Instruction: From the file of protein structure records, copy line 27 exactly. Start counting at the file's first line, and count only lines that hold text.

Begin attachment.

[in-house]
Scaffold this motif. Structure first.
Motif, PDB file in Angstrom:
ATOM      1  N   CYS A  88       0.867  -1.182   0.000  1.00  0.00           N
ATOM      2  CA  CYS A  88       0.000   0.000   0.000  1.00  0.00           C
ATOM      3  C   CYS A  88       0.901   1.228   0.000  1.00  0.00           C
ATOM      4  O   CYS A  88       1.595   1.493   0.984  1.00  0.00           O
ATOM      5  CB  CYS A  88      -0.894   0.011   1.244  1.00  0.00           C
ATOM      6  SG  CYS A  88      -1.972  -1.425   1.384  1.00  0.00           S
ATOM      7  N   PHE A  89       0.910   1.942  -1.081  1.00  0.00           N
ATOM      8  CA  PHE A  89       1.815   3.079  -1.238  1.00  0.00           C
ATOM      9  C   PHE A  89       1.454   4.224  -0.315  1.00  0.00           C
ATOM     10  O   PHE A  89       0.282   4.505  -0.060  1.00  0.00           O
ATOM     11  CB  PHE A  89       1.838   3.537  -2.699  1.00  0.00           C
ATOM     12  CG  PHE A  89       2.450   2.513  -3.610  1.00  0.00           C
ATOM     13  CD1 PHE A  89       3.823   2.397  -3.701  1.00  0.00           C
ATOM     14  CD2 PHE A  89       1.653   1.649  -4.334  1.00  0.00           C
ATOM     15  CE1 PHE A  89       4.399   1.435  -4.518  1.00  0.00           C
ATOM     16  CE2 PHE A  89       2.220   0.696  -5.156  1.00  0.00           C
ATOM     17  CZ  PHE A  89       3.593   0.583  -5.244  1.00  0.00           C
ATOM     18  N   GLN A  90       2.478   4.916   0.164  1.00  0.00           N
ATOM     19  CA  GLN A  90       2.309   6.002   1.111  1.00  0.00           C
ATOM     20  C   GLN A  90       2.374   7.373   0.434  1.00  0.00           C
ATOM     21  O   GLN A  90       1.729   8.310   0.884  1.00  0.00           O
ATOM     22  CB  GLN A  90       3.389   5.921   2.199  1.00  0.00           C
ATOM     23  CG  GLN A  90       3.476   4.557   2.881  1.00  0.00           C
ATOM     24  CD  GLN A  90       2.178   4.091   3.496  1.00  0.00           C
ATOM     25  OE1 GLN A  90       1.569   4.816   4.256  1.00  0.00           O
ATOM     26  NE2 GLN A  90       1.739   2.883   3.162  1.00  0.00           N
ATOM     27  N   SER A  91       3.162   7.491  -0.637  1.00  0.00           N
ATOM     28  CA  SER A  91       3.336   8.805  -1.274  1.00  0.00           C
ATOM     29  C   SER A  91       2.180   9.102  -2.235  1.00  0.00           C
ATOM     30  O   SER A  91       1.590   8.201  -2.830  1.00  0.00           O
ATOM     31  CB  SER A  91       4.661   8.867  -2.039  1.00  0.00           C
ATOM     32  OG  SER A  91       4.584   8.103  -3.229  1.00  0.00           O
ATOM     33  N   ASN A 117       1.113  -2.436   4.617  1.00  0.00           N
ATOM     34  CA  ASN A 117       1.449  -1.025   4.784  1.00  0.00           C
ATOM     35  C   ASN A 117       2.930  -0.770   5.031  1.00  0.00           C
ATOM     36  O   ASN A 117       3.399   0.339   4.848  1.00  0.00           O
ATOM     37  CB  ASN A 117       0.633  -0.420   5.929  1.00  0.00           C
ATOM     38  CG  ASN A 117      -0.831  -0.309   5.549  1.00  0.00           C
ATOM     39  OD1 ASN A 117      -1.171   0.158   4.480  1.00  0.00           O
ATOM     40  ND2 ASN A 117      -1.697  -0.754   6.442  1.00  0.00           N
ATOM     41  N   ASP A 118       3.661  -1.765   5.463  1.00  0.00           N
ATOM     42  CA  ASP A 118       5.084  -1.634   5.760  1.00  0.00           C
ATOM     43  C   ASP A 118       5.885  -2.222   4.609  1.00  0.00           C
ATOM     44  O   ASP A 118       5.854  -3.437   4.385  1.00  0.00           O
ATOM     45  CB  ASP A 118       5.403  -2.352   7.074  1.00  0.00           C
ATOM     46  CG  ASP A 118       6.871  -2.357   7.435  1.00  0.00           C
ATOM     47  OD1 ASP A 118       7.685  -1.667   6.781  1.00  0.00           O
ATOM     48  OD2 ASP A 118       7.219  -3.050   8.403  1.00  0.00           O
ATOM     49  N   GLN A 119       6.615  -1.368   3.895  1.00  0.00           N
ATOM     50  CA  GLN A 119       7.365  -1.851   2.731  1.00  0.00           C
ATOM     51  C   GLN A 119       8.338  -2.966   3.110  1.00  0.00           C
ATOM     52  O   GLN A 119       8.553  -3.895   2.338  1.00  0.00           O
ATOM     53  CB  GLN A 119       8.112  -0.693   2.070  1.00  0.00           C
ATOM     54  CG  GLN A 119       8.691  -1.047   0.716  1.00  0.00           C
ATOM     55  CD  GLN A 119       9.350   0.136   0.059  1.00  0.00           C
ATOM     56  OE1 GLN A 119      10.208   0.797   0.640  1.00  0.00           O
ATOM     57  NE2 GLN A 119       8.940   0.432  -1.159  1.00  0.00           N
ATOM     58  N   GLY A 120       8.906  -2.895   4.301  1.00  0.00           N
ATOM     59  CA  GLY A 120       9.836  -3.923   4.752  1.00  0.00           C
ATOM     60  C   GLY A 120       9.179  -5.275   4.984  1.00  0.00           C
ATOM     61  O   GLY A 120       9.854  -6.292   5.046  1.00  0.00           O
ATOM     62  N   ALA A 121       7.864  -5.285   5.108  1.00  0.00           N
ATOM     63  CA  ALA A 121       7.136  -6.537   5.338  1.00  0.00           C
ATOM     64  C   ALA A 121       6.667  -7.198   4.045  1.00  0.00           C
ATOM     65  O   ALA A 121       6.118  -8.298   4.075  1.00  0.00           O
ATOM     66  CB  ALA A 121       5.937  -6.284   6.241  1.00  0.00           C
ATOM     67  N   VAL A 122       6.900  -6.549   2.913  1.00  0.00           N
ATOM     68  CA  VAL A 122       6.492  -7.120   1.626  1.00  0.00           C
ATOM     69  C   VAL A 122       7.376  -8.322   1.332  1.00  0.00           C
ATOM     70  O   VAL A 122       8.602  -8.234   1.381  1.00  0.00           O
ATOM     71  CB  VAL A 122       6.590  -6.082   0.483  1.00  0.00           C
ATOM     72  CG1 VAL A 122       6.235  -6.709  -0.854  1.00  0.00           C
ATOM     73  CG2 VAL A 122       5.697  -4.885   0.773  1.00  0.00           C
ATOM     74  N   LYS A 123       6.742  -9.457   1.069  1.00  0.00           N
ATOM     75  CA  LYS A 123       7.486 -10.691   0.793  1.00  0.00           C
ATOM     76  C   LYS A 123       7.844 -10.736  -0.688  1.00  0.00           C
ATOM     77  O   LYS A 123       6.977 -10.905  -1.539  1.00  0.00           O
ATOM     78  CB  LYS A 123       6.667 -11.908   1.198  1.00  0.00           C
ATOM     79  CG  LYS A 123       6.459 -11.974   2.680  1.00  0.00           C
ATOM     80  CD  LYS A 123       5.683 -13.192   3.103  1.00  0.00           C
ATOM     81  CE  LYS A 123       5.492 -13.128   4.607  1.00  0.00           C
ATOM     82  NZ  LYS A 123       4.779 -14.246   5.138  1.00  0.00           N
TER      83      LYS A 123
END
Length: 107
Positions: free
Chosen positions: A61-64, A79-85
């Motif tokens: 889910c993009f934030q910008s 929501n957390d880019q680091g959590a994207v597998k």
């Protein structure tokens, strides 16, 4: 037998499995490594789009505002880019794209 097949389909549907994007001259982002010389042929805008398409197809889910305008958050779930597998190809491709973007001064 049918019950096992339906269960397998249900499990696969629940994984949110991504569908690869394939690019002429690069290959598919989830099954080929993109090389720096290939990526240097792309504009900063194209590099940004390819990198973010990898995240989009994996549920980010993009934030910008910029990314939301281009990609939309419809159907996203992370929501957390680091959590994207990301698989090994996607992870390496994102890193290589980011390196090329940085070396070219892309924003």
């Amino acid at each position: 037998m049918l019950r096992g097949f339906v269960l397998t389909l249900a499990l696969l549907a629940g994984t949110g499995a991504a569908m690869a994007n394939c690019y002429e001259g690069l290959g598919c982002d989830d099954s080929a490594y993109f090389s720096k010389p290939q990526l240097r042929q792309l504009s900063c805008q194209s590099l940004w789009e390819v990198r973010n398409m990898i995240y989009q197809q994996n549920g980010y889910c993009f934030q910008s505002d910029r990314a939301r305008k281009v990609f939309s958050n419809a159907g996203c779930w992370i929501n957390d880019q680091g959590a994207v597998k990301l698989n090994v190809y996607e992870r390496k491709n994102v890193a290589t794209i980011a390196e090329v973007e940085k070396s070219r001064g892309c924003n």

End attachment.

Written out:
ATOM     24  CD  GLN A  90       2.178   4.091   3.496  1.00  0.00           C